"Freddie Mercury" by kentarotakizawa is licensed under CC BY 2.0.

Fans are thrilled to hear Freddie Mercury's iconic voice once again.

Freddie Mercury had a voice and a stage presence unlike any other in rock music history. His unique talents helped propel the band Queen to the top of music charts and created a loyal fan base around the world.

Sadly, the world lost that voice when Mercury died of AIDS at age 45. For decades, most of us have assumed we'd heard all the music we were going to hear from him.

However, according to Yahoo! Entertainment, remaining Queen members Roger Taylor and Brian May announced this summer that they had found a never-released song they'd recorded with Mercury in 1988 as they were working on the album "The Miracle."

Keep ReadingShow less

Doorbell camera catches boy's rant about mom's chicken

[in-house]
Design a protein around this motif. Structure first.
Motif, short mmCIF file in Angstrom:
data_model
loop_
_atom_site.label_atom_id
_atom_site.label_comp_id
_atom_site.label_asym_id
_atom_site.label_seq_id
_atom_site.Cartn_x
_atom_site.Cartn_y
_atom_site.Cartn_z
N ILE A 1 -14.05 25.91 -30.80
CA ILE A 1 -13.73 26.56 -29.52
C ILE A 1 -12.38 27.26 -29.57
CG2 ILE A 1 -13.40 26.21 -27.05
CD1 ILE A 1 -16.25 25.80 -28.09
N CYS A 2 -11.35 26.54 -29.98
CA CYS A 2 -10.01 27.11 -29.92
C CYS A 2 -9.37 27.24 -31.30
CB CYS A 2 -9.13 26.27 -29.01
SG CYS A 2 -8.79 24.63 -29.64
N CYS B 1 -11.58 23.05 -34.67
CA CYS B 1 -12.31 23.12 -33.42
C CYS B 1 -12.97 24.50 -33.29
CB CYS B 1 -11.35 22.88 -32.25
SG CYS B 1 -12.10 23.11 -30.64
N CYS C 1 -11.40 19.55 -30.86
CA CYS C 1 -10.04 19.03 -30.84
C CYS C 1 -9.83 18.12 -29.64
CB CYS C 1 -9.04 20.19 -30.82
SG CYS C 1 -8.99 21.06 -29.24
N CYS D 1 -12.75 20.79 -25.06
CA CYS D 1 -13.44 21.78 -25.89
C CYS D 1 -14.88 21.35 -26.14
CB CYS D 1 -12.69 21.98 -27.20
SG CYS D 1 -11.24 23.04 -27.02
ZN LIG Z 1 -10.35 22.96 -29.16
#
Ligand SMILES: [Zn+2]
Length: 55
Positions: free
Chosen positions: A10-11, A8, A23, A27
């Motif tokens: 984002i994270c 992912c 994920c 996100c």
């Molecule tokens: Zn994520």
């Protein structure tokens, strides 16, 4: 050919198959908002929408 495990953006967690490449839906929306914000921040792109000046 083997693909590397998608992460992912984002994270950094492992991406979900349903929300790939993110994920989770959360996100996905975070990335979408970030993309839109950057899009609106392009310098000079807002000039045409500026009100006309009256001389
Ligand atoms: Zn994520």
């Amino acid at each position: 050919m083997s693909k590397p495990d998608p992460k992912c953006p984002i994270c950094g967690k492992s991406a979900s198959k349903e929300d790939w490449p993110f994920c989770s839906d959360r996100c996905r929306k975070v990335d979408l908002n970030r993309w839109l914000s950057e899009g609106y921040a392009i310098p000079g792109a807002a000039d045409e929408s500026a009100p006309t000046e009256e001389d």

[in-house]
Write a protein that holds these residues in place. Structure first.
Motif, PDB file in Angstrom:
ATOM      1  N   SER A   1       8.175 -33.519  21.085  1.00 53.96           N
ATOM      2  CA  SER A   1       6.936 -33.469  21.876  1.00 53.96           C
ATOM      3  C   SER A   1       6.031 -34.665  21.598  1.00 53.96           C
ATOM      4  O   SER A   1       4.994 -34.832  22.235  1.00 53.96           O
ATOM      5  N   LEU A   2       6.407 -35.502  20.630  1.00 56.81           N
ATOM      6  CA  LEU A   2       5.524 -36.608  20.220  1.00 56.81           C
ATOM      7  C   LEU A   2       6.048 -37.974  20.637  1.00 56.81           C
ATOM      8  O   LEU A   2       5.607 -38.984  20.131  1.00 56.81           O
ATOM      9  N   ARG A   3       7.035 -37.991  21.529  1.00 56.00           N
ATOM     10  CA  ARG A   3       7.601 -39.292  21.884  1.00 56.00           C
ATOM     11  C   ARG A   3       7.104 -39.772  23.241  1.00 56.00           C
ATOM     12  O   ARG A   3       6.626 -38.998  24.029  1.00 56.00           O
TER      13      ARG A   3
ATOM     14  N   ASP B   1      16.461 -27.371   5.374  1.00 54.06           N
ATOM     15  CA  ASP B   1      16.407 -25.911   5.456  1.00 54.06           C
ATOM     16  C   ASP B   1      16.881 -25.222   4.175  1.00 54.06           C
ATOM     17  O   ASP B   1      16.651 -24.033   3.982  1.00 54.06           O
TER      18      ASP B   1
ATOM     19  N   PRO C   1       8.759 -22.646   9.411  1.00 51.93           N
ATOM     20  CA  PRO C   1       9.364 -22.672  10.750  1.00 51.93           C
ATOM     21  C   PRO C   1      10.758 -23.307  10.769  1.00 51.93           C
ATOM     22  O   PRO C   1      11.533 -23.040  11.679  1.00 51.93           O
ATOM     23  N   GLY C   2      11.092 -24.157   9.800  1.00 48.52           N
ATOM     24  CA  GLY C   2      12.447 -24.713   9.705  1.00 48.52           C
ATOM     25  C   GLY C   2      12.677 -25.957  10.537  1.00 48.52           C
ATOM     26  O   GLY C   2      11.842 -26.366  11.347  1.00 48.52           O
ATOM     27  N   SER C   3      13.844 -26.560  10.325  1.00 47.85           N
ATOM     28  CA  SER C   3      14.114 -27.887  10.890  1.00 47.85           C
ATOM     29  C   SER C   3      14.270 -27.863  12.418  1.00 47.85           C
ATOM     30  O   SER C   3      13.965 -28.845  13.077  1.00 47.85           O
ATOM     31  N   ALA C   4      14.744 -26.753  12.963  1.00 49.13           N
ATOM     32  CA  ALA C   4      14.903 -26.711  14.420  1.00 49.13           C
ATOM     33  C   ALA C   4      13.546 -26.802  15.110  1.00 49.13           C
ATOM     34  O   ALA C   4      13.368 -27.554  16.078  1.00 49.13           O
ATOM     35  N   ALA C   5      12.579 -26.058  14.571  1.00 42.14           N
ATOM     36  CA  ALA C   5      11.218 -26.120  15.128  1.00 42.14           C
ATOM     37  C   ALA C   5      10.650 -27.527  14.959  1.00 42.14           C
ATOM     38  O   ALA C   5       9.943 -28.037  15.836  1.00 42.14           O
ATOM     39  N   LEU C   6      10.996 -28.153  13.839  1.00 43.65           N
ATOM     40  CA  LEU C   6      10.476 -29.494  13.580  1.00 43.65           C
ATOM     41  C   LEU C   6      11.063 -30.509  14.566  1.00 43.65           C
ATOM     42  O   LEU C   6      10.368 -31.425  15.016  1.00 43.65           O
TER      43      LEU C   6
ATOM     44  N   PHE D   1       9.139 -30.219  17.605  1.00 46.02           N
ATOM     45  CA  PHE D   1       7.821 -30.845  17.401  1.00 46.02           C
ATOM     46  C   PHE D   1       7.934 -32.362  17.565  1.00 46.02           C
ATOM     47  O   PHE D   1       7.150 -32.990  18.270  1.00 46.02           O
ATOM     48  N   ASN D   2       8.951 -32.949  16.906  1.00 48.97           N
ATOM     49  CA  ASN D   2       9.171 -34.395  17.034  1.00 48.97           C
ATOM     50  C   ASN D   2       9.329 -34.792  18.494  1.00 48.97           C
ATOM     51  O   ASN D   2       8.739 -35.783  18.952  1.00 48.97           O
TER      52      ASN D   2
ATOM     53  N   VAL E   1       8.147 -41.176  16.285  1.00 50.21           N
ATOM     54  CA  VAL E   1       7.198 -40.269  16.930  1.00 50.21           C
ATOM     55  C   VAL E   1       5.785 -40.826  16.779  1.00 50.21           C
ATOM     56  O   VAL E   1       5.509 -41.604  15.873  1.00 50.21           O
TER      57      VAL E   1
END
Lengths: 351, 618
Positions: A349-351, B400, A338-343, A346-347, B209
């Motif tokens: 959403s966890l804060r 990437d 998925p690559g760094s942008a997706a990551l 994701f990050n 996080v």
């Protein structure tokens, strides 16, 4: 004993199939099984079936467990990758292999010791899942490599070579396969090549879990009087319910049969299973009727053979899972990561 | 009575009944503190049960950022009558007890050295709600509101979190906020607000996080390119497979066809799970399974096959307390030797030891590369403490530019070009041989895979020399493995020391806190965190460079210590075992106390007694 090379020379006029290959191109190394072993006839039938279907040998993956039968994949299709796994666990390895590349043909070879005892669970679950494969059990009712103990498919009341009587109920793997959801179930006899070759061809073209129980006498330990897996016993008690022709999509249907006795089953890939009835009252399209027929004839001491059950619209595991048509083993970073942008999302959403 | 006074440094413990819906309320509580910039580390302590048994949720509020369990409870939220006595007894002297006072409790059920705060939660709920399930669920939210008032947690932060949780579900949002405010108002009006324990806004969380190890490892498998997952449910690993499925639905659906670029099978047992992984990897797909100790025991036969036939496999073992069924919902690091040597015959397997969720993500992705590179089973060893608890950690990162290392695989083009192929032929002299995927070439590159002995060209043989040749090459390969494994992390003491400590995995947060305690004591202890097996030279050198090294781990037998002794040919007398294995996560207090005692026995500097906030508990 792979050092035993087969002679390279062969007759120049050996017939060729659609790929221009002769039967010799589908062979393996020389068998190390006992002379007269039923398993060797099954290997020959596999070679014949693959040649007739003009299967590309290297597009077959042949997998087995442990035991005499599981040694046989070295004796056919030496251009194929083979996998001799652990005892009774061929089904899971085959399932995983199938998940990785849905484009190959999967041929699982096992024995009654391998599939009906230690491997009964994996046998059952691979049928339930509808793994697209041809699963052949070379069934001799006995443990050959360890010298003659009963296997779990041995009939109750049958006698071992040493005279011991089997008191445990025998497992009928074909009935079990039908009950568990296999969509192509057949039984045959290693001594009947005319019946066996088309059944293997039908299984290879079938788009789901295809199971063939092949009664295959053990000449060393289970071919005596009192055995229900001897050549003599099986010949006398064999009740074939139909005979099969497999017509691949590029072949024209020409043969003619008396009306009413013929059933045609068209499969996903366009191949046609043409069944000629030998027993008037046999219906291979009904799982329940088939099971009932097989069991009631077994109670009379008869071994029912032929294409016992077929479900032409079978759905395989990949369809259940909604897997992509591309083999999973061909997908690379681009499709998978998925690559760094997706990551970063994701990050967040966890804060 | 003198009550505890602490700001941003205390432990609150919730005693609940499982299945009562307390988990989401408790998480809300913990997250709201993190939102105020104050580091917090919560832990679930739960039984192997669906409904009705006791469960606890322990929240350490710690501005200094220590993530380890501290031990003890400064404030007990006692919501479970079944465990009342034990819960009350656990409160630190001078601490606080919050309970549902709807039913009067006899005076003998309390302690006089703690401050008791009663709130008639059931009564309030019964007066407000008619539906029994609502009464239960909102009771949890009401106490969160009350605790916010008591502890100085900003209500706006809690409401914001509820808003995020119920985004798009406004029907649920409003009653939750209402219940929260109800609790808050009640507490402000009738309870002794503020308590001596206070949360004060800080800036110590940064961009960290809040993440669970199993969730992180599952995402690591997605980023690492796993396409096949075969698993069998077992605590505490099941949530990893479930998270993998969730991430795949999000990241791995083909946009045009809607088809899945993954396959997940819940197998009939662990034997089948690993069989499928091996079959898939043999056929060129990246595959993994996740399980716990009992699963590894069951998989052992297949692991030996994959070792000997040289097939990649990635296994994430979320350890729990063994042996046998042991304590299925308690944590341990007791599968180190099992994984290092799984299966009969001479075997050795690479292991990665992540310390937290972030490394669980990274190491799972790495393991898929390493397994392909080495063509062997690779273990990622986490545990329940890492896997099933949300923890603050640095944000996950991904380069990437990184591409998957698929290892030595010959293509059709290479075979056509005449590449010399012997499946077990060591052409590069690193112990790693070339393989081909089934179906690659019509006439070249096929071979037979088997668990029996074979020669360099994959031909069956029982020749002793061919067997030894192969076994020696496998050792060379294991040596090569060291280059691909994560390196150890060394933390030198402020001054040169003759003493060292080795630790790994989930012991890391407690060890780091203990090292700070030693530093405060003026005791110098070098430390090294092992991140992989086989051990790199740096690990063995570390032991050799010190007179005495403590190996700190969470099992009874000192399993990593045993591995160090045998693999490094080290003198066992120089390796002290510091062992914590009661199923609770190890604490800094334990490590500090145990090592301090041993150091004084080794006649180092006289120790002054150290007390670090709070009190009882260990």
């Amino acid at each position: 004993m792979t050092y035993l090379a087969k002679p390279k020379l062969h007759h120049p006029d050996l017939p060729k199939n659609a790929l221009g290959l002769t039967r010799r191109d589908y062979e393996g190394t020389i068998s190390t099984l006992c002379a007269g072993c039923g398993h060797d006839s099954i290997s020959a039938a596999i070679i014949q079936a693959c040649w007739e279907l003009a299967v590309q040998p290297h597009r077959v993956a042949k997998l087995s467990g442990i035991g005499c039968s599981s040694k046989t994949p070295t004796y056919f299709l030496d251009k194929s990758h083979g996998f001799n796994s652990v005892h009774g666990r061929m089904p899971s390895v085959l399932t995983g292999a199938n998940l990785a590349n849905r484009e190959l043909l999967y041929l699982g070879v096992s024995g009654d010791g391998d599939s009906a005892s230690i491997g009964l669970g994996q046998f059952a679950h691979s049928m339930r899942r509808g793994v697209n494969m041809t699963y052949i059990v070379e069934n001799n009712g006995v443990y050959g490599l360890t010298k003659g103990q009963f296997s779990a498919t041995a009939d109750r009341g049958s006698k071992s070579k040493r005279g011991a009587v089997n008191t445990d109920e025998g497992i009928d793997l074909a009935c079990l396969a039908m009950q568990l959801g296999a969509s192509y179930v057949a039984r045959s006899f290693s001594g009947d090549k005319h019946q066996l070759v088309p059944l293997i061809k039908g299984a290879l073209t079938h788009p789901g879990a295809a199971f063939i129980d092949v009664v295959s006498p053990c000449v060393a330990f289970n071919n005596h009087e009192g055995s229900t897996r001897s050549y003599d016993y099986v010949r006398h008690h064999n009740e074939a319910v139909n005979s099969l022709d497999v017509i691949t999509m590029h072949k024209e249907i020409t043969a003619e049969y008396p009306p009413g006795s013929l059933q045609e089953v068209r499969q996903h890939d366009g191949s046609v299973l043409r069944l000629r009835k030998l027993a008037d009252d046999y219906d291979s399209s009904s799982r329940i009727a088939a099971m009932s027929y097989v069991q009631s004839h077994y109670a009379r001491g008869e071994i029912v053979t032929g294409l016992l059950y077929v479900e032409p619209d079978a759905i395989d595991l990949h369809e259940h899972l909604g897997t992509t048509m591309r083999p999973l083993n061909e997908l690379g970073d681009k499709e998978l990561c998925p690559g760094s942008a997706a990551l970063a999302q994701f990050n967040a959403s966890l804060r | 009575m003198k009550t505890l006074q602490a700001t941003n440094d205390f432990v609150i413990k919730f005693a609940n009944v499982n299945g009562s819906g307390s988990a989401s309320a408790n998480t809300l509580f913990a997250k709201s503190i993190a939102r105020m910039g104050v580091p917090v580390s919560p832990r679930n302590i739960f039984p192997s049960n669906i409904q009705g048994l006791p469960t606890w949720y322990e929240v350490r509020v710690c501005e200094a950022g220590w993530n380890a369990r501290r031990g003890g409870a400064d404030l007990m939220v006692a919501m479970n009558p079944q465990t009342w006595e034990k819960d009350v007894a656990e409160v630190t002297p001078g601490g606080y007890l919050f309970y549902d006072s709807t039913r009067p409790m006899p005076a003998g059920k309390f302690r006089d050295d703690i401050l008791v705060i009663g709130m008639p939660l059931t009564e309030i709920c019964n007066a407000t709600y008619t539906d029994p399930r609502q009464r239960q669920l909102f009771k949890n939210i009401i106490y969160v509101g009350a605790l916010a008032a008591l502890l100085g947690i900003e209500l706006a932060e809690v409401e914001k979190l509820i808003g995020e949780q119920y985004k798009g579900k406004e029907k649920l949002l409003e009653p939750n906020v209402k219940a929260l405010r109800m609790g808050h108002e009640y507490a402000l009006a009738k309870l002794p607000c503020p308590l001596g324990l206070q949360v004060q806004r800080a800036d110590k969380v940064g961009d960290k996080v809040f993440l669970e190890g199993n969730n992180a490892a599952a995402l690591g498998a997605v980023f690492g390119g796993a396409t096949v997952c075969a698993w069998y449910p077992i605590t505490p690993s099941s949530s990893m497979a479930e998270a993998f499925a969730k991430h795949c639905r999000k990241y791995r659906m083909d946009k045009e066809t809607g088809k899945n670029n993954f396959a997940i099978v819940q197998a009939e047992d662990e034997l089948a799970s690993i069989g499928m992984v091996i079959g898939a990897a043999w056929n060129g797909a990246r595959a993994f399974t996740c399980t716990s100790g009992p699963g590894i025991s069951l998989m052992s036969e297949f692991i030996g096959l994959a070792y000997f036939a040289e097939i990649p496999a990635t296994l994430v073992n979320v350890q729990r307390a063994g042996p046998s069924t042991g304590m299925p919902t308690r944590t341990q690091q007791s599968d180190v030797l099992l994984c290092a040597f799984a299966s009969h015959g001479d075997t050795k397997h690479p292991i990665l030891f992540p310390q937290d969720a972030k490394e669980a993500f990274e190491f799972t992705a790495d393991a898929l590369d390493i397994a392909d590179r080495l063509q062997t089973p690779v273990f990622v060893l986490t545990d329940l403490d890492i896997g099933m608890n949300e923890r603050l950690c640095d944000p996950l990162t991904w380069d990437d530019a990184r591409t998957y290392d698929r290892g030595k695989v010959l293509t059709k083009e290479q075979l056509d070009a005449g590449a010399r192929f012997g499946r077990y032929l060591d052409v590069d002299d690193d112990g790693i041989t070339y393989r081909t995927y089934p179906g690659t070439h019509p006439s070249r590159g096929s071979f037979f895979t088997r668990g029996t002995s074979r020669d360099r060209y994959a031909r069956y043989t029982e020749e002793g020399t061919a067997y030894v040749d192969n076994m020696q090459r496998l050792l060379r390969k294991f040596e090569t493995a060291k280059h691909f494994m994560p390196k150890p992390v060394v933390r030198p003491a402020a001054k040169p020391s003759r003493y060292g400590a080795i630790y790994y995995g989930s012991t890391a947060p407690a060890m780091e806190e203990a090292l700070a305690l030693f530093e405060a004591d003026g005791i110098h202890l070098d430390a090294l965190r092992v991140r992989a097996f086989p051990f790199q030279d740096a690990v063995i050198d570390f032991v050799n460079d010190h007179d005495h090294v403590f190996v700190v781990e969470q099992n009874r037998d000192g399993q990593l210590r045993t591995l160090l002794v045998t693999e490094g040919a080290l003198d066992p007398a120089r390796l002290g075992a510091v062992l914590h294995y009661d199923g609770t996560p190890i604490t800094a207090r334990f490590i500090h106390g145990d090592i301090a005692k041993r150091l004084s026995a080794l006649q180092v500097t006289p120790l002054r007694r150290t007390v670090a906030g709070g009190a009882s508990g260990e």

When you're a kid you rarely have a lot of say in what you get to eat for dinner. The adult in your house is the one that gets to decide and you have to eat whatever they put on your plate. But one little boy is simply tired of eating chicken and he doesn't care who knows it. Well, he cares if his mom knows.

Lacy Marie uploaded a video from her doorbell camera to TikTok her son. The little boy is caught on camera taking the trash out venting about always having to eat chicken. He rants all the way to the trash can, being sure to get it out of his system before he makes it back into the house.